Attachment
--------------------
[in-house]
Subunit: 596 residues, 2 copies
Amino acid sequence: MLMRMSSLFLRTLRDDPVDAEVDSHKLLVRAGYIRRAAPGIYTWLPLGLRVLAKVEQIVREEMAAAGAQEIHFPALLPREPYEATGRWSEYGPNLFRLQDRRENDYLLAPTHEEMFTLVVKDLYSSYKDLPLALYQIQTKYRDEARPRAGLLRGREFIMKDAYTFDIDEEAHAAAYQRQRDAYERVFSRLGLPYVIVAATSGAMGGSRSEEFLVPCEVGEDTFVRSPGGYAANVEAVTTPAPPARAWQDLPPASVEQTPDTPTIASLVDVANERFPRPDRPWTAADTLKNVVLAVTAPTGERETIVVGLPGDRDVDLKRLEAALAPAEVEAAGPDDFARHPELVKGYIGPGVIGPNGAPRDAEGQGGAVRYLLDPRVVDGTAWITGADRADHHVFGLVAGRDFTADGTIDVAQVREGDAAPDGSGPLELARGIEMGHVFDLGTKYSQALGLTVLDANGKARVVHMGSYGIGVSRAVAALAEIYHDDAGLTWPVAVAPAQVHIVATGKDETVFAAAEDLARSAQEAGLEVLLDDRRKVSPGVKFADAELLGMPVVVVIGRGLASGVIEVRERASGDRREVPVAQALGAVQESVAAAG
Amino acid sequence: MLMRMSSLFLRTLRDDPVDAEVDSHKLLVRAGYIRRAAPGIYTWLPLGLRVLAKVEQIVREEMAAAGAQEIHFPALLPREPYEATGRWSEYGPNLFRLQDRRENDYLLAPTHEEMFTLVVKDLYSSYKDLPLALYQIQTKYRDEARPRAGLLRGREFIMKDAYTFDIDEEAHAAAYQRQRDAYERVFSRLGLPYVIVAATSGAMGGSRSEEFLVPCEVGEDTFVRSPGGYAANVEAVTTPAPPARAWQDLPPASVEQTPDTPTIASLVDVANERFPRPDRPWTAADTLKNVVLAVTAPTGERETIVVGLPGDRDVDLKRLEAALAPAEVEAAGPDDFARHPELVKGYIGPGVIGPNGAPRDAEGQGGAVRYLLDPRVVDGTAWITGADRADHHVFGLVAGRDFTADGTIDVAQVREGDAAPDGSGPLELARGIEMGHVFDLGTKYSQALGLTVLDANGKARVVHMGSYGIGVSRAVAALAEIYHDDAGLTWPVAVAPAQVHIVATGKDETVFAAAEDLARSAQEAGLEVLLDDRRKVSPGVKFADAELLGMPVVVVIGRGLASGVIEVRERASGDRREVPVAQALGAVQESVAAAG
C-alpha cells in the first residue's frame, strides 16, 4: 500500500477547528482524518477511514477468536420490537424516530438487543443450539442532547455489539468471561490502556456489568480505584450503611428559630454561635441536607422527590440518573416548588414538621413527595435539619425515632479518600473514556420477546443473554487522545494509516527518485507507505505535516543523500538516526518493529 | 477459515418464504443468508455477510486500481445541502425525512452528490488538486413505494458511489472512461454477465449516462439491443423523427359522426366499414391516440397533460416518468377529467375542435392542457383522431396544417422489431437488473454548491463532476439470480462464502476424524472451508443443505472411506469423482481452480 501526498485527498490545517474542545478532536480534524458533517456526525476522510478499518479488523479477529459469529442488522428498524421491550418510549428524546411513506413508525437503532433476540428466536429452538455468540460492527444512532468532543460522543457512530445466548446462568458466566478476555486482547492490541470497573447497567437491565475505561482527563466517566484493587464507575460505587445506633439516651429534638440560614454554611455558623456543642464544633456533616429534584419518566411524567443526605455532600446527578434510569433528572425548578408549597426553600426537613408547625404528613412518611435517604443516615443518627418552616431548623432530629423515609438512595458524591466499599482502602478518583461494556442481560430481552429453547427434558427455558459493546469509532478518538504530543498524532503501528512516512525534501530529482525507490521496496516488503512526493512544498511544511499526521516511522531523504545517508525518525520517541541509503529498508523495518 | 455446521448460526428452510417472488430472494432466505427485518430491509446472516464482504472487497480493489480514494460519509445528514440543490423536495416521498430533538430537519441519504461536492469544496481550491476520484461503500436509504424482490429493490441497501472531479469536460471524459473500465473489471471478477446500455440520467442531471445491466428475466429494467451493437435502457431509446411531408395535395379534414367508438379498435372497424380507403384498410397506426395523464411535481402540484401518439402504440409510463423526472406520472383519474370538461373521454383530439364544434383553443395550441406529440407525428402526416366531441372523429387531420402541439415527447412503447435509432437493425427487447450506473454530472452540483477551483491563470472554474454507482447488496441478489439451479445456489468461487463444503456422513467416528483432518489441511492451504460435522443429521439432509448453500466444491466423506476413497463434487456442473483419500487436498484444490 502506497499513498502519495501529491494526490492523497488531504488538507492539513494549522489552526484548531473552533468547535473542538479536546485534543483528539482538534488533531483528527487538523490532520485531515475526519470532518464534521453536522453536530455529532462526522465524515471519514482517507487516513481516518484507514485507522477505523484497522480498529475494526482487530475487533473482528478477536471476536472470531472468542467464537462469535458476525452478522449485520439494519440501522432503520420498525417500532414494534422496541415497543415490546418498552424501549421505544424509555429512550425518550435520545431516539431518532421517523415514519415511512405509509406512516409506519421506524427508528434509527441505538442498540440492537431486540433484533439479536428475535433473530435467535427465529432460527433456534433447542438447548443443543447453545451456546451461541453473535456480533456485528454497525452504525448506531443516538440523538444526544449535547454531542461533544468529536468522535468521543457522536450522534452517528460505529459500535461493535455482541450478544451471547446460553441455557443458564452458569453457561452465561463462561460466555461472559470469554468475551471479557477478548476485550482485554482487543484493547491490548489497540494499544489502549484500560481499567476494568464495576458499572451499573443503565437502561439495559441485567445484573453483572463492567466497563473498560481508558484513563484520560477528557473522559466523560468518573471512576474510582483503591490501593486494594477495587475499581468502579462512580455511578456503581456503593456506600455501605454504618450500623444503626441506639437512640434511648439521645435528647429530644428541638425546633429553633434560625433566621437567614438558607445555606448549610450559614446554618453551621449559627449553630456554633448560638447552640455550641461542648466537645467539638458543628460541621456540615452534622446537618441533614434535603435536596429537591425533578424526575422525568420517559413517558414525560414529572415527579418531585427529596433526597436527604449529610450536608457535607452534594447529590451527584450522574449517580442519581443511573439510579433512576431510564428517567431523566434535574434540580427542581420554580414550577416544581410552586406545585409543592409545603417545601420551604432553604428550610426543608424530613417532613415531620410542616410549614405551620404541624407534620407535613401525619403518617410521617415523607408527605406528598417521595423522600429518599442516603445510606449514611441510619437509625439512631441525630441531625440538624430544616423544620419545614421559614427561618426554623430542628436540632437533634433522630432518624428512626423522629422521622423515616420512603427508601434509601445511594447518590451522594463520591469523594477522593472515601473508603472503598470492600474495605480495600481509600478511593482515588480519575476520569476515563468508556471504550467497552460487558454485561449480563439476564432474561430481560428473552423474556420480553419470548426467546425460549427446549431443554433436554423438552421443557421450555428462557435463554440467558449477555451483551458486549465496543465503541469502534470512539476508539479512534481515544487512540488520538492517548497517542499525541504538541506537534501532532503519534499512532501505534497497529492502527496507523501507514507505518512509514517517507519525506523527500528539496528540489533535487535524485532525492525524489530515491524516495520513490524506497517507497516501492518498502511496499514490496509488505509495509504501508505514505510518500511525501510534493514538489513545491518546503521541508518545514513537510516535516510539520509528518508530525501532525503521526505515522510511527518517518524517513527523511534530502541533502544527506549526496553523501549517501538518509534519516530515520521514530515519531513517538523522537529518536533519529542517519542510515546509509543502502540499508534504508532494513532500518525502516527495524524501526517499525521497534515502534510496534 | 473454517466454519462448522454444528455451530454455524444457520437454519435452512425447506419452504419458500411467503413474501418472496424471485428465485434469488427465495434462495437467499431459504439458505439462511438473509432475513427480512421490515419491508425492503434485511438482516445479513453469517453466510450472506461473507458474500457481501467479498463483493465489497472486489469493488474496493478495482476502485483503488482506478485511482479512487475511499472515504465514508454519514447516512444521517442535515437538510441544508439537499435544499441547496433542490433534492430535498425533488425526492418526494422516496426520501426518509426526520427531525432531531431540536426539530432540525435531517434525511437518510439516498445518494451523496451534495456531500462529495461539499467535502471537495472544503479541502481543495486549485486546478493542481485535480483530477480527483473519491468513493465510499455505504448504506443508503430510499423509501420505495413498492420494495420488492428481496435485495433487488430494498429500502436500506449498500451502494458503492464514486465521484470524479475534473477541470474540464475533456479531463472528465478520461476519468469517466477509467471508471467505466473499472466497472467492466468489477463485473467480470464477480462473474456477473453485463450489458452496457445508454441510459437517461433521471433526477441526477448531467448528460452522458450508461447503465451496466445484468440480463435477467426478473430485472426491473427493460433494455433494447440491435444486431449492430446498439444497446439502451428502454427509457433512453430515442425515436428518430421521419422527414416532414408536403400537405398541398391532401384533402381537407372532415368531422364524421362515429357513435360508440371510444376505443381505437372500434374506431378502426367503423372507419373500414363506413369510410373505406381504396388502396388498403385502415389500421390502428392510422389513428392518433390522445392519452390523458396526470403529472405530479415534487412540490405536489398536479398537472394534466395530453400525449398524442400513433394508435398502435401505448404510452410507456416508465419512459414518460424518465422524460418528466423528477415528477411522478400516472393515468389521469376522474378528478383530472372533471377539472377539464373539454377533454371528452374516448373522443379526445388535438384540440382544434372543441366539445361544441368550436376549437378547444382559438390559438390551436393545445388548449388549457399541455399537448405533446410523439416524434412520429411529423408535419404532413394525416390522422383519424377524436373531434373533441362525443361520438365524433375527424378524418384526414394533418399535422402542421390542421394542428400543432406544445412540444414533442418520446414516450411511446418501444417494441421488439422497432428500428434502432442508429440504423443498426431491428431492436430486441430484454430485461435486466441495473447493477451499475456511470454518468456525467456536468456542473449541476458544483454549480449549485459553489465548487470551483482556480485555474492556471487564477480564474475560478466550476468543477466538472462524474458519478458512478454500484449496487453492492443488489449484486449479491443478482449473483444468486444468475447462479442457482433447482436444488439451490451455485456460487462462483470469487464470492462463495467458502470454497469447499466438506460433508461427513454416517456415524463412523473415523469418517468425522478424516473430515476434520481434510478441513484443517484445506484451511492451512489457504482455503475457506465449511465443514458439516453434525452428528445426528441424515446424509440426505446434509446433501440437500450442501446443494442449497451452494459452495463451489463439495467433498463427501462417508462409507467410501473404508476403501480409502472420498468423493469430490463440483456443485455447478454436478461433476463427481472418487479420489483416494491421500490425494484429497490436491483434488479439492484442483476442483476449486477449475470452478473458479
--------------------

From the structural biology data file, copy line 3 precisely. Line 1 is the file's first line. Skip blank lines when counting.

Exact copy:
Amino acid sequence: MLMRMSSLFLRTLRDDPVDAEVDSHKLLVRAGYIRRAAPGIYTWLPLGLRVLAKVEQIVREEMAAAGAQEIHFPALLPREPYEATGRWSEYGPNLFRLQDRRENDYLLAPTHEEMFTLVVKDLYSSYKDLPLALYQIQTKYRDEARPRAGLLRGREFIMKDAYTFDIDEEAHAAAYQRQRDAYERVFSRLGLPYVIVAATSGAMGGSRSEEFLVPCEVGEDTFVRSPGGYAANVEAVTTPAPPARAWQDLPPASVEQTPDTPTIASLVDVANERFPRPDRPWTAADTLKNVVLAVTAPTGERETIVVGLPGDRDVDLKRLEAALAPAEVEAAGPDDFARHPELVKGYIGPGVIGPNGAPRDAEGQGGAVRYLLDPRVVDGTAWITGADRADHHVFGLVAGRDFTADGTIDVAQVREGDAAPDGSGPLELARGIEMGHVFDLGTKYSQALGLTVLDANGKARVVHMGSYGIGVSRAVAALAEIYHDDAGLTWPVAVAPAQVHIVATGKDETVFAAAEDLARSAQEAGLEVLLDDRRKVSPGVKFADAELLGMPVVVVIGRGLASGVIEVRERASGDRREVPVAQALGAVQESVAAAG